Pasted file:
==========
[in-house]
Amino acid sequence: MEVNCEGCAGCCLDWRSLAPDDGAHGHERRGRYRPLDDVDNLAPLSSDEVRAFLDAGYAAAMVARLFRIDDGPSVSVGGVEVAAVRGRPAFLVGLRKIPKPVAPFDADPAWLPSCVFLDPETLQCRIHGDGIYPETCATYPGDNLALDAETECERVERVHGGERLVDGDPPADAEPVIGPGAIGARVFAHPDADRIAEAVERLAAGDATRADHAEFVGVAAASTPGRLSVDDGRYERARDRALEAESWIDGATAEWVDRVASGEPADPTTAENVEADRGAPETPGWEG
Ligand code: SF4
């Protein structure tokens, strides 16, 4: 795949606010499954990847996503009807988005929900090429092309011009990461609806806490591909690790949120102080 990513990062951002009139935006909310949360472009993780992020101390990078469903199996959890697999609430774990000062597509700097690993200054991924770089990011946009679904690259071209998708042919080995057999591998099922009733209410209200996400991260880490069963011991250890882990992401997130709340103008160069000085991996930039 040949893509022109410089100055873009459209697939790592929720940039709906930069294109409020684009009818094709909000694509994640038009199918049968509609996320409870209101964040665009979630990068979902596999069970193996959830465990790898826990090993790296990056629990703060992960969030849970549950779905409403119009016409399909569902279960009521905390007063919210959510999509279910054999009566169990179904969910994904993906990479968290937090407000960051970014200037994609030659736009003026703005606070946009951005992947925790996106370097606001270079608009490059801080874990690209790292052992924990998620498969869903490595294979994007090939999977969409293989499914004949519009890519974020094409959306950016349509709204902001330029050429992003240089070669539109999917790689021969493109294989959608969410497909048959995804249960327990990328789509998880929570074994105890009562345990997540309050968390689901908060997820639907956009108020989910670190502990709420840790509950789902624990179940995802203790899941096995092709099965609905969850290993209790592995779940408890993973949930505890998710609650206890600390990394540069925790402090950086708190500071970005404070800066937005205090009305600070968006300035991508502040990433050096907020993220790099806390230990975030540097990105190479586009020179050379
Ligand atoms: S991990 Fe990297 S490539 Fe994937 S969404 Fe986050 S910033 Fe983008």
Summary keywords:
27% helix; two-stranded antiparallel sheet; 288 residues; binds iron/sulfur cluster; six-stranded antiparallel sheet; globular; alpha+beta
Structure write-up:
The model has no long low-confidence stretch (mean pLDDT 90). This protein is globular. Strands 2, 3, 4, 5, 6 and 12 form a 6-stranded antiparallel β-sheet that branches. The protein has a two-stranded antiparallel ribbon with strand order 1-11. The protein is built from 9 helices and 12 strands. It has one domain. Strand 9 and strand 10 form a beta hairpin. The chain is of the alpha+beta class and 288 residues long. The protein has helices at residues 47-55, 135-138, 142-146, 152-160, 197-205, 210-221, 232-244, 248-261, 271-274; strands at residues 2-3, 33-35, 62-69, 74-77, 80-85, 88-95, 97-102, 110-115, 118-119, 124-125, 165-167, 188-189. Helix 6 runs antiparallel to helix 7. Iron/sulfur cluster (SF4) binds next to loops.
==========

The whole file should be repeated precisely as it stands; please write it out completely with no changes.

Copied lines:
[in-house]
Amino acid sequence: MEVNCEGCAGCCLDWRSLAPDDGAHGHERRGRYRPLDDVDNLAPLSSDEVRAFLDAGYAAAMVARLFRIDDGPSVSVGGVEVAAVRGRPAFLVGLRKIPKPVAPFDADPAWLPSCVFLDPETLQCRIHGDGIYPETCATYPGDNLALDAETECERVERVHGGERLVDGDPPADAEPVIGPGAIGARVFAHPDADRIAEAVERLAAGDATRADHAEFVGVAAASTPGRLSVDDGRYERARDRALEAESWIDGATAEWVDRVASGEPADPTTAENVEADRGAPETPGWEG
Ligand code: SF4
């Protein structure tokens, strides 16, 4: 795949606010499954990847996503009807988005929900090429092309011009990461609806806490591909690790949120102080 990513990062951002009139935006909310949360472009993780992020101390990078469903199996959890697999609430774990000062597509700097690993200054991924770089990011946009679904690259071209998708042919080995057999591998099922009733209410209200996400991260880490069963011991250890882990992401997130709340103008160069000085991996930039 040949893509022109410089100055873009459209697939790592929720940039709906930069294109409020684009009818094709909000694509994640038009199918049968509609996320409870209101964040665009979630990068979902596999069970193996959830465990790898826990090993790296990056629990703060992960969030849970549950779905409403119009016409399909569902279960009521905390007063919210959510999509279910054999009566169990179904969910994904993906990479968290937090407000960051970014200037994609030659736009003026703005606070946009951005992947925790996106370097606001270079608009490059801080874990690209790292052992924990998620498969869903490595294979994007090939999977969409293989499914004949519009890519974020094409959306950016349509709204902001330029050429992003240089070669539109999917790689021969493109294989959608969410497909048959995804249960327990990328789509998880929570074994105890009562345990997540309050968390689901908060997820639907956009108020989910670190502990709420840790509950789902624990179940995802203790899941096995092709099965609905969850290993209790592995779940408890993973949930505890998710609650206890600390990394540069925790402090950086708190500071970005404070800066937005205090009305600070968006300035991508502040990433050096907020993220790099806390230990975030540097990105190479586009020179050379
Ligand atoms: S991990 Fe990297 S490539 Fe994937 S969404 Fe986050 S910033 Fe983008």
Summary keywords:
27% helix; two-stranded antiparallel sheet; 288 residues; binds iron/sulfur cluster; six-stranded antiparallel sheet; globular; alpha+beta
Structure write-up:
The model has no long low-confidence stretch (mean pLDDT 90). This protein is globular. Strands 2, 3, 4, 5, 6 and 12 form a 6-stranded antiparallel β-sheet that branches. The protein has a two-stranded antiparallel ribbon with strand order 1-11. The protein is built from 9 helices and 12 strands. It has one domain. Strand 9 and strand 10 form a beta hairpin. The chain is of the alpha+beta class and 288 residues long. The protein has helices at residues 47-55, 135-138, 142-146, 152-160, 197-205, 210-221, 232-244, 248-261, 271-274; strands at residues 2-3, 33-35, 62-69, 74-77, 80-85, 88-95, 97-102, 110-115, 118-119, 124-125, 165-167, 188-189. Helix 6 runs antiparallel to helix 7. Iron/sulfur cluster (SF4) binds next to loops.